When the new pentecostalists use the word 'ministry' this way, they at first seem to be just talking about the experience of falling down or going through a manifestation of some kind. If that were all there was to it, then it really wouldn't qualify as 'ministry'. To be 'ministry' in any meaningful Christian sense of the word, it has to somehow serve a greater good than just giving someone a laughing fit or a fainting spell. The healing needs to work its way into the whole of life. Only then can it be said to be a holistic healing.
Yet, if you listen hard enough to those who have 'received' this sort of 'ministry', a clearer picture of it begins to form. While most people are too swept away to notice what was happening inside of them, there are some people who were paying enough attention to become aware of certain things happening to them.
One woman reported that while she was on the floor, an incident from her past came to mind, where she had run over a young child who dashed out in front of her car. She had thought she had dealt with the matter long ago, confident in knowing she couldn't have prevented it. But while going through this experience of ecstasy on the floor, she suddenly saw how she had merely submerged her feelings of guilt. It was as if the Spirit had gathered all of the guilt feelings inside of her, heaped them up as if it were an object, and just lifted them off her shoulders. From then on, her life has been happier and saner, and she is full of joy about God and life.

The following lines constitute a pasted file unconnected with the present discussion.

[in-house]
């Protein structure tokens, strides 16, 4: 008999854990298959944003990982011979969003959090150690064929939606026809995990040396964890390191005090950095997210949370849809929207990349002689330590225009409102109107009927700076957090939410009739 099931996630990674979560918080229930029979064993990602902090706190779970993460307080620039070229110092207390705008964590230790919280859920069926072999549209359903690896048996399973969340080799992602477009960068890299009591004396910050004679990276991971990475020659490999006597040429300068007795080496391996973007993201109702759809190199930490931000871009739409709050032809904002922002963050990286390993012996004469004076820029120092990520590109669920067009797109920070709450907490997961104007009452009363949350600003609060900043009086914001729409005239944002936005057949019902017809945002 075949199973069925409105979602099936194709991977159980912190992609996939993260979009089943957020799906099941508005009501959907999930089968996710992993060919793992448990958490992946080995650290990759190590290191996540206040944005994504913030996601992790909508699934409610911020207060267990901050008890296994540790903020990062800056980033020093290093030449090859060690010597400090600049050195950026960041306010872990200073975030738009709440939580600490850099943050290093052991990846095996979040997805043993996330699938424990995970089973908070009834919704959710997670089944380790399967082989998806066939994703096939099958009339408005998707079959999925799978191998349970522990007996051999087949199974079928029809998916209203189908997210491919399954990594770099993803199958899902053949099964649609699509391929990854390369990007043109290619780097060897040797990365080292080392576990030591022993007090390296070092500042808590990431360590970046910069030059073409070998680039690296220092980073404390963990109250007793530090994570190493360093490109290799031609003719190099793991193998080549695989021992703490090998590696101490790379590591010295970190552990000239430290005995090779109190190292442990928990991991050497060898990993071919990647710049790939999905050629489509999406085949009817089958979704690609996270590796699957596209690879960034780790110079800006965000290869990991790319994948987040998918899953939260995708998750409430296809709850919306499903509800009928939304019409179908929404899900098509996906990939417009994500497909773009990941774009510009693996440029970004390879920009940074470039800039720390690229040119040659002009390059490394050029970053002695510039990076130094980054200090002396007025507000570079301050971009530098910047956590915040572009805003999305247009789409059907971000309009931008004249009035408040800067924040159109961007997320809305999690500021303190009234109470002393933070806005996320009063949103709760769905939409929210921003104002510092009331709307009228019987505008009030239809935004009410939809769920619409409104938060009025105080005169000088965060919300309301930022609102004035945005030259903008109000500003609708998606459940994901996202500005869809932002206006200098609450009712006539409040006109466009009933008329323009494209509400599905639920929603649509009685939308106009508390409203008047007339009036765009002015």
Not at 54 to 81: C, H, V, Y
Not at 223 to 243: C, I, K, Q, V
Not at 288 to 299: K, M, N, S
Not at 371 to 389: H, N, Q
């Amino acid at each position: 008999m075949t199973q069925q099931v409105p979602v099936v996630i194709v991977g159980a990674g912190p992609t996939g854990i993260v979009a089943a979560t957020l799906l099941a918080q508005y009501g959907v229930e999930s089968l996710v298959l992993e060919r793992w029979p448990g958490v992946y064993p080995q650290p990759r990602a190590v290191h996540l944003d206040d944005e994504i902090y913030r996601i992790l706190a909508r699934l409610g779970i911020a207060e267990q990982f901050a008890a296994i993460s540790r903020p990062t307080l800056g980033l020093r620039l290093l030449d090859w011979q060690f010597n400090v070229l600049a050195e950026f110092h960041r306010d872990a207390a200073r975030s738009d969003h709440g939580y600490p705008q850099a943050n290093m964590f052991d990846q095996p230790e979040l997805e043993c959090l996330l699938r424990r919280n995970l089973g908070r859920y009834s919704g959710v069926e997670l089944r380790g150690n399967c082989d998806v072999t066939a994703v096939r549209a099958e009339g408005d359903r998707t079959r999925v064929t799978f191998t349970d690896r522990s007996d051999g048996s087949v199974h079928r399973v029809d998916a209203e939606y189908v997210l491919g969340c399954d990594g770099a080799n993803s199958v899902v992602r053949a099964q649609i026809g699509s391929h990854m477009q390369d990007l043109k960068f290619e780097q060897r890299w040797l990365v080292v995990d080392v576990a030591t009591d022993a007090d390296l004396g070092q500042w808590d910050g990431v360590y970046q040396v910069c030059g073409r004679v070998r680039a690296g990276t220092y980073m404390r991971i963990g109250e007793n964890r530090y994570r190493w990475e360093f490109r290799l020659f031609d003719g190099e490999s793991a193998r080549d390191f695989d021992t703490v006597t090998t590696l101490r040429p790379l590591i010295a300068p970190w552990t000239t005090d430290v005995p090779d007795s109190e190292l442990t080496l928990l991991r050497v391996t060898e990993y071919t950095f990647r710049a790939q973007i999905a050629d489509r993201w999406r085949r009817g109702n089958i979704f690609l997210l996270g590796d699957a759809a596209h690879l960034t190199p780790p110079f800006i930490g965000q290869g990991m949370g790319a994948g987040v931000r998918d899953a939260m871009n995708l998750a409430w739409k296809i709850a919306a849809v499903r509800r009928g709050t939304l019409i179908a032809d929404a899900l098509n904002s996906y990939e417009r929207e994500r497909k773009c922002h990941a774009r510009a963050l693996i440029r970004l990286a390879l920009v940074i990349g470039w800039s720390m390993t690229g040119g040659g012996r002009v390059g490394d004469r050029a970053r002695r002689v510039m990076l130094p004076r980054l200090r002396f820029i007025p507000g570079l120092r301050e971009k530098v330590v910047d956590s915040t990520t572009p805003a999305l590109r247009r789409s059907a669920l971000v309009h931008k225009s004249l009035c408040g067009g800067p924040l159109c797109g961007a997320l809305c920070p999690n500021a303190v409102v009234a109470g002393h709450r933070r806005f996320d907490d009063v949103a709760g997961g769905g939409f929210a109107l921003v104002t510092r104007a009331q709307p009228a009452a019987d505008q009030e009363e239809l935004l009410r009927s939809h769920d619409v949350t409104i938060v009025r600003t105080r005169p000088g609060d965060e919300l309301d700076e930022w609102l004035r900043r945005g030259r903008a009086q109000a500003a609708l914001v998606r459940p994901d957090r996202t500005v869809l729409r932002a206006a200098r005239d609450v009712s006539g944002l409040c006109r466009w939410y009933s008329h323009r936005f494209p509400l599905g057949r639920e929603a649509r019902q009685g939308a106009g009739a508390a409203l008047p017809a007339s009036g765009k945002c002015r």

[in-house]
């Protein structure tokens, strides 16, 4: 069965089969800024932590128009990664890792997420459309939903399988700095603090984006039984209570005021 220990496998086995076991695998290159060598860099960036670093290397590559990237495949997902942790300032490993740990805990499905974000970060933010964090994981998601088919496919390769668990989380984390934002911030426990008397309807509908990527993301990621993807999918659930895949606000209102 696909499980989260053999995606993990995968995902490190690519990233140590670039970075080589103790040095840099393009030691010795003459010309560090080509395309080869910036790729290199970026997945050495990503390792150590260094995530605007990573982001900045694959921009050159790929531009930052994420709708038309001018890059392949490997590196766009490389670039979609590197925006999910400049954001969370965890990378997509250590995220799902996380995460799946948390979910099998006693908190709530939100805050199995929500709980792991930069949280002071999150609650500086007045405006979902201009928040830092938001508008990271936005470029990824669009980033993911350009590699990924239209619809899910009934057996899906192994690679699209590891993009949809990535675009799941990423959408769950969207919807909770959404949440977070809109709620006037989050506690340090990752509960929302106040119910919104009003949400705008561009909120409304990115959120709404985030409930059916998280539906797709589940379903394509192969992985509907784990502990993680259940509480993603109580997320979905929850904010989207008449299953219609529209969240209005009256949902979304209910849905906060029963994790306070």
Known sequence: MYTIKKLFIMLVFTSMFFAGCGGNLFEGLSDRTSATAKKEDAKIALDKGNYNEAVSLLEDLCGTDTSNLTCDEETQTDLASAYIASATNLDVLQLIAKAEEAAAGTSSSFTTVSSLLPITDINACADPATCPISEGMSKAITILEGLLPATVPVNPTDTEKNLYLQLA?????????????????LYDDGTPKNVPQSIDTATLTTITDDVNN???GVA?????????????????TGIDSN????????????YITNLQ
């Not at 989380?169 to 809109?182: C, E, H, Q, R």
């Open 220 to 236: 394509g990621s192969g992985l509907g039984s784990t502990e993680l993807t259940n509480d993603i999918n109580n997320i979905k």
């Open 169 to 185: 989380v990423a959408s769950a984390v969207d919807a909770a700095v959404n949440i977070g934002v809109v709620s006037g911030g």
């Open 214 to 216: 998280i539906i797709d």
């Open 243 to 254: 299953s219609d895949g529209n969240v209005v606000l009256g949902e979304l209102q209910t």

Another example: one guy had spent much of his life trying to escape from dealing with people, so he could stop being hurt by them. When he was struck with the manifestation of holy laughter, he was suddenly able to identify the specific damage in his life, including some matters which he had long forgotten and others he didn't think still hurt. He was for the first time really open to God. Doctor God was examining each one, diagnosing the diseases, and healing each one by name. The peace and joy of such inner healing was impossible for him to describe. His bitter, sniping edge was gone.
When people have this kind of change happen to them, it indeed is 'ministry', a ministry of inner healing and renovation, given as a gift by God. It's more like the operation than the recovery, but operations can be a crucial part of healing.